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The Pratham Column: Let necessity be the drive, not convenience

Are we really equipping our children with Reading, Writing, and Arithmetic capabilities at the primary level? Can we really fix this problem with free meals - or by building more toilets and classrooms, asks Pratham's Abhineet Singh Malhotra.
BY Abhineet Singh Malhotra |   26-08-2013
Pratham: Every Child in School and Learning Well...
Children in an Indian classroom can be classified into three categories - Invincible, Incorrigible and Invisible. Almost a decade ago, when I was in school, I used to belong to the third category. For obvious reasons, only those students from the Invincible and the Incorrigible category existed. I was not smart enough to be included in the Invincible group, and surely not cool enough to belong with the Incorrigibles. I was a short, fat, and very shy boy, who did not have the courage to speak up in front of others, especially those of the other gender. Yet, I still wanted to be acknowledged. And I figured that this was possible only if I improved my grades. So, every academic year would begin with great zeal, and with every spurt of motivation, I would purchase new notebooks to fill at school. Within months, that rush of enthusiasm would wane and those notebooks were left to rot in some corner of the house. I would gradually lose my dedication. And the desire to be acknowledged would get lost along the way.

While there is not much that I would like to remember of my past, I often still reflect on my odd habit of purchasing stationery. As a child, I somehow believed that purchasing new notebooks and pens would improve my performance in school. I also believed this was a unique quality that I possessed, only to later acknowledge it as ‘procrastination’. Procrastination, as we all know, is a symptom of a lack of productivity. The School of Psychology defines procrastination as the art of replacing more urgent actions with tasks less urgent. This very phenomenon is not only limited to individuals. Large organizations can also suffer from it.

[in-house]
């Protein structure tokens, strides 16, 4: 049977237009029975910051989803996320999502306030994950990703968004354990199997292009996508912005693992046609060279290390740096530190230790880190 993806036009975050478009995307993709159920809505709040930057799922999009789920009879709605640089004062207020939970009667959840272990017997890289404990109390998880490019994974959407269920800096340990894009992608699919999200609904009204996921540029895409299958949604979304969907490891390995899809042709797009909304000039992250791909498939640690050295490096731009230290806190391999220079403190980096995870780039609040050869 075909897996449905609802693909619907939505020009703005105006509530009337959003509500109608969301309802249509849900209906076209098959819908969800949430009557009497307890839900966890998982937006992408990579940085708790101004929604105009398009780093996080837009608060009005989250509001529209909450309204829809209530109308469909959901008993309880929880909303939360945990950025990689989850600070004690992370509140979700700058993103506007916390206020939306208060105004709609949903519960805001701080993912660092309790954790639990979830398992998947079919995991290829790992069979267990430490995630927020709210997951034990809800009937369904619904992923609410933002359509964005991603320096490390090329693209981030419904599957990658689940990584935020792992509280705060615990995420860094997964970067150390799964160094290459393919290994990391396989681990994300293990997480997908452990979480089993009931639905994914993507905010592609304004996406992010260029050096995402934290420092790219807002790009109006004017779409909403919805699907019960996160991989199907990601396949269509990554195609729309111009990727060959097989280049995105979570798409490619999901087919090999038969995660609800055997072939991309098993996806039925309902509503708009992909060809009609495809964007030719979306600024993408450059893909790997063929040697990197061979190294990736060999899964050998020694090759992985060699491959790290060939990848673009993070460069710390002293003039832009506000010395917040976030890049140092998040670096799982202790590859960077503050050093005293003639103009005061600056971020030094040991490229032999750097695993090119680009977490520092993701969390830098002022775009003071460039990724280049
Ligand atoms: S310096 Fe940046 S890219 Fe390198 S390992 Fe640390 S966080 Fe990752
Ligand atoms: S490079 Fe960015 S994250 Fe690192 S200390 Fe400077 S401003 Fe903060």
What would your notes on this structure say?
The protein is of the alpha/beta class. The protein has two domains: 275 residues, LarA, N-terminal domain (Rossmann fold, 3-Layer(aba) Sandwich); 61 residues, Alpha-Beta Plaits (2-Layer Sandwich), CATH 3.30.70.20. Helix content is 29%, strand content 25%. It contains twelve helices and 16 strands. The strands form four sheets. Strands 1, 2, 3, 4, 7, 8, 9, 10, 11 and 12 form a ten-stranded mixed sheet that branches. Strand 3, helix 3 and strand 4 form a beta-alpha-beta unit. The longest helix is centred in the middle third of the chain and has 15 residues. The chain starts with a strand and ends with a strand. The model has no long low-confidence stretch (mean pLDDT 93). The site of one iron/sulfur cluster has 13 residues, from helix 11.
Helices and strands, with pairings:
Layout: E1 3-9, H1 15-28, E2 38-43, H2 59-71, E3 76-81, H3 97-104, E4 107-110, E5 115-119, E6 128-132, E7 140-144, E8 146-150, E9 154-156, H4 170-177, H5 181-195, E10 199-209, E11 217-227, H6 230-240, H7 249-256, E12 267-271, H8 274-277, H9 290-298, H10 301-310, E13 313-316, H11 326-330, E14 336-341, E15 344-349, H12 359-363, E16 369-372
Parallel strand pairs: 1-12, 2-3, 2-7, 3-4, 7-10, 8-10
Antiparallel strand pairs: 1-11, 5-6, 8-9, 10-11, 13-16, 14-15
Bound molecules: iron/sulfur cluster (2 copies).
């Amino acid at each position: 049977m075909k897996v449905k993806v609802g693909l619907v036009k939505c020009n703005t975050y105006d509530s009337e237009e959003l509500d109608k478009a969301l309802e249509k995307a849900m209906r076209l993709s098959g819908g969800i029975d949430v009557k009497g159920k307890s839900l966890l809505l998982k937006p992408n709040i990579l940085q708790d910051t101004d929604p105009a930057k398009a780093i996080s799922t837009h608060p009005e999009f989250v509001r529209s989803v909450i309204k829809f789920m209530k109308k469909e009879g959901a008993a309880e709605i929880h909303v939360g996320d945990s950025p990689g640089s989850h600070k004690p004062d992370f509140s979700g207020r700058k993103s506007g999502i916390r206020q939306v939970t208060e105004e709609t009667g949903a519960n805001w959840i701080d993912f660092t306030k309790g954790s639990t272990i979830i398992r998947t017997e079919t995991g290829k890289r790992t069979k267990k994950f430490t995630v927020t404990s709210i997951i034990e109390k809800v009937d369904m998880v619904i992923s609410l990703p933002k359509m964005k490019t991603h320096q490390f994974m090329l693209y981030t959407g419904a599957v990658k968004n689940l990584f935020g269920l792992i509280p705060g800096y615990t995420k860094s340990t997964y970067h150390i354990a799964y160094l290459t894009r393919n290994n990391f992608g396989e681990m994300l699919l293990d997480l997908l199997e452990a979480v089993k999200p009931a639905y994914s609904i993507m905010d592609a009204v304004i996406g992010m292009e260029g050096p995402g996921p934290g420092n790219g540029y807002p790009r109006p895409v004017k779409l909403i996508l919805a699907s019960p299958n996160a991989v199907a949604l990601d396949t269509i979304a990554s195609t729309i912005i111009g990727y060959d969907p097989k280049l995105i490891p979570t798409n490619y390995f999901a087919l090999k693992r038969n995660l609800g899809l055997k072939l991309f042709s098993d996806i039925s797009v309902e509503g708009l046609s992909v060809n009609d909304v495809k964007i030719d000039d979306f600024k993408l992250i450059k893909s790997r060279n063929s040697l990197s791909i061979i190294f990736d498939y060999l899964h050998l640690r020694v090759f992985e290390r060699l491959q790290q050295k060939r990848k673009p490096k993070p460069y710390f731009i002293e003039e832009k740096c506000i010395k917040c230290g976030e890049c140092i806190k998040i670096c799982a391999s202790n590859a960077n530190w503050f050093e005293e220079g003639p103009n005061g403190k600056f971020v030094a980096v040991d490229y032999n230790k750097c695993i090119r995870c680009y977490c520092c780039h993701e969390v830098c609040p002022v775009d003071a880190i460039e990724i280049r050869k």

Take the case of elementary education in India. As responsible citizens, we all know that the answer to the question of what the objective of primary education in India should be - it should be to equip children with skills that can assist them in acquiring higher education. Or, as in Mahatma Gandhi’s philosophy of education - the 3R’s - Reading, Writing and Arithmetic.

But here is the ground reality: In India, only one out of every two children completes primary education with the ability to read a Std 2 level text well. The situation in Mathematics is even worse: only one out of every four children completes primary education knowing how to solve a 3-by-1 digit division problem. While this piece of information is frightening, it is not scariest part. The harder pill to digest is that the level of education here has been on the decline for the last eight years (Annual Status of Education Report 2005-2012).

So, are we really equipping our children with the three Rs at the primary level? Can we really fix this problem with free meals? Or by building more toilets and classrooms?


I now realise that during my school-days, I had chosen convenience over necessity - I bought new stationery when I should have been filling the old notebooks with notes and studying. With the enactment of ‘The Right to Free and Compulsory Education Act in 2009’, the Indian government has been focusing on various inputs under the assumption that unless schools have all these requisites in place, learning in the classroom cannot happen. In the same way I had believed that unless I had all the necessary stationery, I could not excel in my studies.

It is now clear that with so much focus on inputs, we have lost sight of our goals - perhaps it is time to take a step back and reassess our priorities. We need to go after what is necessary rather than do what is convenient. What is necessary right now is for our policy makers, principals, teachers, parents, and citizens to focus on just one thing - Teach our Children.


I did eventually overcome my shyness. I did that not by hitting the gym, or using fairness creams, but by standing up and speaking. I conquered my fear. I learnt to do what was necessary rather than what was convenient.

Abhineet Singh Malhotra has been working with ASER Centre for over four years as a Senior Associate in Capacity Building. He has personally led over 200 training sessions with 10,000 trainers and government school teachers across the country.  


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